Yesterday, I snapped a quick picture of our caterpillar, Pablo Jr. It looked to me that he was getting ready to begin making his chrysalis. Today when I got to school, he was already in his chrysalis preparing to turn into a butterfly! I apologize for the bad pictures, but I didn’t want to move him while he was in metamorphosis!
Below, you can see the metamorphosis process sped up! Today, we will be reading and exploring how caterpillars, like Pablo Jr., make this big change!
As we continue studying current events this week we are going to look deeper into the text features that help us understand what we’re reading. Like we’ve learned before, text features are anything other than the main paragraphs of the text, that help us better understand the author’s intended message. Today, we are going to read a Newsela.com article on the Bighorn sheep in California. These sheep had almost become extinct and only 105 were left. Now there are 500 sheep! Read the article to discover how scientists helped save the Bighorn sheep!
The article comes with a great map to help you understand where these sheep are located. Study the map and see what you notice. Is there a key or legend to help you out? Do the different colors and shadings mean anything? Is it important to read the text on the map as well?
Today, as you read from a Scholastic News magazine of your choice, notice how the text features help you better understand the text!
As we continue our study of matter (the gases, liquids, and solids that are all around us) we wanted to get our hands on some matter and check it out. We picked objects in our room made of matter and observed their properties. We took notes on our object’s shape, size, flexibility, luster, texture, and weight. We were able to use our tape measures and balances to observe matter as well! Check out the hard working scientist below!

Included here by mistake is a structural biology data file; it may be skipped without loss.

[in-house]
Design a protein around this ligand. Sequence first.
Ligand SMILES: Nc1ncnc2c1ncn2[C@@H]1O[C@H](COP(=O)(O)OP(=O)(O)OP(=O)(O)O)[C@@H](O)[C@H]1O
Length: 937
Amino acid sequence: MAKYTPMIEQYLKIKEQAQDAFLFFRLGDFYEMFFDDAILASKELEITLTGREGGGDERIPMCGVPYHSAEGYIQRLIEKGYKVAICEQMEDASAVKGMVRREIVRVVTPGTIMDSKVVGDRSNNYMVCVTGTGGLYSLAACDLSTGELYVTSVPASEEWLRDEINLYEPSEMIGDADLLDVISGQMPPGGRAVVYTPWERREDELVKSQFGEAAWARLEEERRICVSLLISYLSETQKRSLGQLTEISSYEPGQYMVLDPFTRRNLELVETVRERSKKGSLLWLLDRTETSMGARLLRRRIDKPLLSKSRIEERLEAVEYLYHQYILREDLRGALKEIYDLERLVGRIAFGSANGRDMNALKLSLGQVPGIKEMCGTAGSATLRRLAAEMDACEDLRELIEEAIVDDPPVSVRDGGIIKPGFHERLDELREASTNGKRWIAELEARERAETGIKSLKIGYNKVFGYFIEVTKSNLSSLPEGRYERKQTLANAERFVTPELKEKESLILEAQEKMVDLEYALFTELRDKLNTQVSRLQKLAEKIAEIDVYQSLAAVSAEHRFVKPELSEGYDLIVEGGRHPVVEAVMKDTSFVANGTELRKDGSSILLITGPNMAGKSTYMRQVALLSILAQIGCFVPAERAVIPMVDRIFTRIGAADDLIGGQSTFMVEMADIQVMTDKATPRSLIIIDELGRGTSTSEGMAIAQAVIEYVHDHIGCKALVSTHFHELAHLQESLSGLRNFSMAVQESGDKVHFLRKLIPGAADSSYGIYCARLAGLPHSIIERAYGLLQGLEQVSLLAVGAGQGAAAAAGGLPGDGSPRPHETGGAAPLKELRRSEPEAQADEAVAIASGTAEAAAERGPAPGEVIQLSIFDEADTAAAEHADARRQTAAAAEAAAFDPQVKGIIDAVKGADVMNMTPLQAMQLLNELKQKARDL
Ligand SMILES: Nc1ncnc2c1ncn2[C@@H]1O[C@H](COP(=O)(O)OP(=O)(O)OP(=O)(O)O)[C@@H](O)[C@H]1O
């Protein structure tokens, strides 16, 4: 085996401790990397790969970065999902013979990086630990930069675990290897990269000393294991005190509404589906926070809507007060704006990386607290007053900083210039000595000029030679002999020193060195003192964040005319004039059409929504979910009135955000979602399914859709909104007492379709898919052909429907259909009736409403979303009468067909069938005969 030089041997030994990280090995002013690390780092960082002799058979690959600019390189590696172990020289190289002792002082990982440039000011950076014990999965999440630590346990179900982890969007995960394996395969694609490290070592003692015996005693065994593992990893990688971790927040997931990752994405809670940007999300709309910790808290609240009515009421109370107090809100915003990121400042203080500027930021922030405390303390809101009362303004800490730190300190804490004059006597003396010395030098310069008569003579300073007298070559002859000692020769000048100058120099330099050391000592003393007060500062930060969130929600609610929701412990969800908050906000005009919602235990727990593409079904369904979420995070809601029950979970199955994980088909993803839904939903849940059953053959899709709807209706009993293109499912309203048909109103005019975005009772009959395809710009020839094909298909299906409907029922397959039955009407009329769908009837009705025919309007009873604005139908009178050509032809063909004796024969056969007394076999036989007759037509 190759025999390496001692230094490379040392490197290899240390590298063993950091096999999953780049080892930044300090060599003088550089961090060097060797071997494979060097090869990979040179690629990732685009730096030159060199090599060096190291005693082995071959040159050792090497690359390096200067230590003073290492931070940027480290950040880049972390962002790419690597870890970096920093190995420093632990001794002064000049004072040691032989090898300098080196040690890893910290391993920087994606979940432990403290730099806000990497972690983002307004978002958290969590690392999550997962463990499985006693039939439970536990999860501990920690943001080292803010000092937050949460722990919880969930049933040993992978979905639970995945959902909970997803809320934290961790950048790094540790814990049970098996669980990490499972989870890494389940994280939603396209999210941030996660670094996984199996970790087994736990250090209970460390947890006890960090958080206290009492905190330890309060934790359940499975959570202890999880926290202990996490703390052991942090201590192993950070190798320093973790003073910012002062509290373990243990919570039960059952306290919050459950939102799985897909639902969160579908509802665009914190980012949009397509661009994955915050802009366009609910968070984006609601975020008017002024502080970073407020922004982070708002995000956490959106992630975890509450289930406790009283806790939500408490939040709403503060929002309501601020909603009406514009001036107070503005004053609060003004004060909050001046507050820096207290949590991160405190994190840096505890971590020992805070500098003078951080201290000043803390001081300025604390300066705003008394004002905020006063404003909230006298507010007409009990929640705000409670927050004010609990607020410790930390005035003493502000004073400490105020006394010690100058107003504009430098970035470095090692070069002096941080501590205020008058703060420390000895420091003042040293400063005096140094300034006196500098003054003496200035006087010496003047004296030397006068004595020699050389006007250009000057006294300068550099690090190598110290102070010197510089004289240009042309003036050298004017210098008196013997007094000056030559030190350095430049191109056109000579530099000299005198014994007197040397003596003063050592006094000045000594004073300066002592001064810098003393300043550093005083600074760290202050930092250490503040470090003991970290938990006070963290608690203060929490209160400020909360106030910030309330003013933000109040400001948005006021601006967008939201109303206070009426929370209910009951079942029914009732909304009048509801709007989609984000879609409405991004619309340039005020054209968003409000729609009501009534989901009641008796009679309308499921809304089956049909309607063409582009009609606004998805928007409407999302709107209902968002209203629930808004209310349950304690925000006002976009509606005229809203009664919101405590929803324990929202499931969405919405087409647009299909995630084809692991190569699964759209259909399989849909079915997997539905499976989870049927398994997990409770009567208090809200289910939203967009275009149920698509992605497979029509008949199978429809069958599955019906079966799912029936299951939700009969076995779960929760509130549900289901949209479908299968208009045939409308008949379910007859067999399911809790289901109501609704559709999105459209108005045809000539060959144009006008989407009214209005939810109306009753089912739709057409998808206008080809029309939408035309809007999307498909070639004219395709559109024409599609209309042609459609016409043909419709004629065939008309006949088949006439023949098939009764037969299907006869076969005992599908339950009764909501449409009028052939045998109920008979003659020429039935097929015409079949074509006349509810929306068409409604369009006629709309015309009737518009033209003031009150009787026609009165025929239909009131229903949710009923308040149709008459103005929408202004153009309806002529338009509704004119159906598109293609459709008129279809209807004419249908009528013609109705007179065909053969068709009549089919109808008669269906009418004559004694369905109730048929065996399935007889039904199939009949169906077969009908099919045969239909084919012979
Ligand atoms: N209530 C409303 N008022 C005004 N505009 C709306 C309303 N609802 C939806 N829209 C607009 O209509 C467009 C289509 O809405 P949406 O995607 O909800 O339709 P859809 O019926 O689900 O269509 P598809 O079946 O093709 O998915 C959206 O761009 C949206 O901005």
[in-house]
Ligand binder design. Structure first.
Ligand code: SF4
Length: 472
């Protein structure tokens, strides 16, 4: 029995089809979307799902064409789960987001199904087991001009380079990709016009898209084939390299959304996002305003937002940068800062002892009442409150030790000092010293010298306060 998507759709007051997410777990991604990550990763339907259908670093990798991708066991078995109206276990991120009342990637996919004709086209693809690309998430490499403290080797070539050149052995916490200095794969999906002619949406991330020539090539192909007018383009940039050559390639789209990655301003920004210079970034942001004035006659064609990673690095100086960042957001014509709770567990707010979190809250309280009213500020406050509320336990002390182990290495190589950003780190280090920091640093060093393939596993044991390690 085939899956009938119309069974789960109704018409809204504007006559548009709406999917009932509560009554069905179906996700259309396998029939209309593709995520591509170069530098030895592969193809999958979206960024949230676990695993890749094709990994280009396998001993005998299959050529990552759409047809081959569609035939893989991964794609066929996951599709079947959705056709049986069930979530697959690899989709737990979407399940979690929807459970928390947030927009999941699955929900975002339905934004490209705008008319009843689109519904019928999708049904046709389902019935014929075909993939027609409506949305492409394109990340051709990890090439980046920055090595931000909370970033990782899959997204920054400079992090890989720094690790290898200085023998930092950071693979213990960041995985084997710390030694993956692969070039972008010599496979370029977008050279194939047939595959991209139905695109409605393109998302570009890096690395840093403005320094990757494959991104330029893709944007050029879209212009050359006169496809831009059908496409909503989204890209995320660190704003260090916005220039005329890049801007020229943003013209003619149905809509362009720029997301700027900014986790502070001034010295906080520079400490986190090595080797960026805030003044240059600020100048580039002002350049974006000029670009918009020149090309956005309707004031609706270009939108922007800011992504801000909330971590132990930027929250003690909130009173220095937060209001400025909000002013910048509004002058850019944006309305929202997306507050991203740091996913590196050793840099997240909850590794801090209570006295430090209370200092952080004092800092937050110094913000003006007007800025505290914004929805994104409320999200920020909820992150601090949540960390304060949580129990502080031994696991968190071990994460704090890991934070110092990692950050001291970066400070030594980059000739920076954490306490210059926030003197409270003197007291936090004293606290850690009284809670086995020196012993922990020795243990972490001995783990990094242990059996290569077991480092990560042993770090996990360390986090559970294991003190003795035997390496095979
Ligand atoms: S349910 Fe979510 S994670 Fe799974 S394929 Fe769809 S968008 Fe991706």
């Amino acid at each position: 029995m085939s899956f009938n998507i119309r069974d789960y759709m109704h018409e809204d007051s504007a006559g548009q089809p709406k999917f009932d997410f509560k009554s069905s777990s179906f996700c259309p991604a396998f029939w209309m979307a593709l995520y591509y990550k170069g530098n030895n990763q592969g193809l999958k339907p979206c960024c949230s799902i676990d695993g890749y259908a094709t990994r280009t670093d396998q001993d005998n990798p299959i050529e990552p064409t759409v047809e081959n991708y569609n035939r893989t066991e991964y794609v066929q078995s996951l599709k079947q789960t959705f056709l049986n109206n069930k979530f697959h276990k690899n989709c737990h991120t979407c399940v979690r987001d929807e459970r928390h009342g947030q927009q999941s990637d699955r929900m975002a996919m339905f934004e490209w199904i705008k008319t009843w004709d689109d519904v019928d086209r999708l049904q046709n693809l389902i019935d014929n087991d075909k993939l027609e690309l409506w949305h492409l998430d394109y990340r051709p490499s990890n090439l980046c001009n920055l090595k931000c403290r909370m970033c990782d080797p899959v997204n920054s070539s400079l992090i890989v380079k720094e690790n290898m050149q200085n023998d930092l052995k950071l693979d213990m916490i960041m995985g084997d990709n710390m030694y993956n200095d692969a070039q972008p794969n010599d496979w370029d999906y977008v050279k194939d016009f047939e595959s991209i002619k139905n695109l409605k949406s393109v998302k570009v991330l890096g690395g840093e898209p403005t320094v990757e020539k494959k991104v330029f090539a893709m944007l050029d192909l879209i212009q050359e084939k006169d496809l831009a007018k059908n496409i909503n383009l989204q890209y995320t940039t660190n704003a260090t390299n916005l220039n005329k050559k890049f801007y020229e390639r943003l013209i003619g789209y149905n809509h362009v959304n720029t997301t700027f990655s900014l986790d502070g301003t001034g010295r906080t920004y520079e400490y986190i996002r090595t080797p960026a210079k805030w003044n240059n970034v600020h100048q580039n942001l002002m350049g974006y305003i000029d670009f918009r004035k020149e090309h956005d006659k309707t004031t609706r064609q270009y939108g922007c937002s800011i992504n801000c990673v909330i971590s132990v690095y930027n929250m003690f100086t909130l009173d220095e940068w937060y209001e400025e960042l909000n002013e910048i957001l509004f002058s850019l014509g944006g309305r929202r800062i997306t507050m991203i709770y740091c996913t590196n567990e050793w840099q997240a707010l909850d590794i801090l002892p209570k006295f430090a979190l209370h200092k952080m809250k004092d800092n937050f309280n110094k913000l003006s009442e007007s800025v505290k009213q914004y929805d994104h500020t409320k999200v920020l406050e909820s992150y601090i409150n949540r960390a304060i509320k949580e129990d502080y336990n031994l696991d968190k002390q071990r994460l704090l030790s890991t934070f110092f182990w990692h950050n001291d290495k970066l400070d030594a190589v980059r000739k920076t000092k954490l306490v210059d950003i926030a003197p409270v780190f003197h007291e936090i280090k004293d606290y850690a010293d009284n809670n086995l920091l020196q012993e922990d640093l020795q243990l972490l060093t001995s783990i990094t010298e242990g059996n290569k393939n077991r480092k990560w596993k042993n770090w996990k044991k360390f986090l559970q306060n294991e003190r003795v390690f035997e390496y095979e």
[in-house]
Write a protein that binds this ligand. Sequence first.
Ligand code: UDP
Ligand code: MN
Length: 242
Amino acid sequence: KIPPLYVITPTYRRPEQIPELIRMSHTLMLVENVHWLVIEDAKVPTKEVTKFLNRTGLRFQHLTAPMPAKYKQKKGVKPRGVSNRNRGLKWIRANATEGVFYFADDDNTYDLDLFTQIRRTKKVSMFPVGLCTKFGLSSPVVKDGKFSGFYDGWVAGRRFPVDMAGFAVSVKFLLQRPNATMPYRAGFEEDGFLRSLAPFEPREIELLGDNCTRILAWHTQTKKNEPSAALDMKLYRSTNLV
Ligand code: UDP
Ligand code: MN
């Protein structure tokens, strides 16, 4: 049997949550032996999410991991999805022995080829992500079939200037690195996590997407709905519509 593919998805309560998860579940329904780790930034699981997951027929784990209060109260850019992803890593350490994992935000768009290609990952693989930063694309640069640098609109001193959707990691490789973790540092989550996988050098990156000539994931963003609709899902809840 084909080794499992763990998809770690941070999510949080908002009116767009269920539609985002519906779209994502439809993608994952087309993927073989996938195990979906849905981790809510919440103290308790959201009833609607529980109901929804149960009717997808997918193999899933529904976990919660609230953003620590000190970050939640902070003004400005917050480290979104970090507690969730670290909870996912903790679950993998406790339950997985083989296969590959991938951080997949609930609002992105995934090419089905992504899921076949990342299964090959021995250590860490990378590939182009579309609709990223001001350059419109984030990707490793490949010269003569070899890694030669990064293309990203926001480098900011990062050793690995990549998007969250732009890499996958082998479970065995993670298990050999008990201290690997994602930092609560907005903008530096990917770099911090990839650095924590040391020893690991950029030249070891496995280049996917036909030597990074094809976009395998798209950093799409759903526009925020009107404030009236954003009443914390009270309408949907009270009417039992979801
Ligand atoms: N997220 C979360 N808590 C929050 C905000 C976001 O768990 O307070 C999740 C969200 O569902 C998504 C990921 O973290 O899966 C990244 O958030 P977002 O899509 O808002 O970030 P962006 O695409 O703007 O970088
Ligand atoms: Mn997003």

Today, we discovered there is a StoryBots Earth video with cameo appearances by the Sun (he’s so hot) and the Moon (it’s his time to shine!) This video is perfect because it shows lakes, rivers, and waterfalls- like we studied last week and mountains, valleys, islands, and volcanoes- like we’re studying this week!
Last week, we studied the Earth’s bodies of water. Now it is time to learn about the land that makes up 30% of our planet!
We’ve looked at the biggest body of water, the Ocean, but now it’s time to see some of the other major bodies of water. Can you explain the difference between a lake, a river, and a glacier?
Lakes, Rivers, and Streams
Splish Splash! We have begun studying the bodies of water on our Earth. The biggest bodies of water are the Oceans. Different sources will give you different numbers of Oceans. The biggest oceans are the Atlantic, Pacific, Indian, and Arctic Oceans.
On Friday, two of our classmates got to do some teaching! These students lead a science lesson in which their groups created a visual of where the sun is positioned in the sky at different times if day. They taught their groups that based on where the sun is located in the sky, the shadows will go in the opposite direction. I was so proud of how our class leaders were able to assist every student while also speaking in their respectful and motivating teaching voices!
P.S. Maryam! We miss you and we hope you had a wonderful holiday with your family. We can’t wait to see you next week!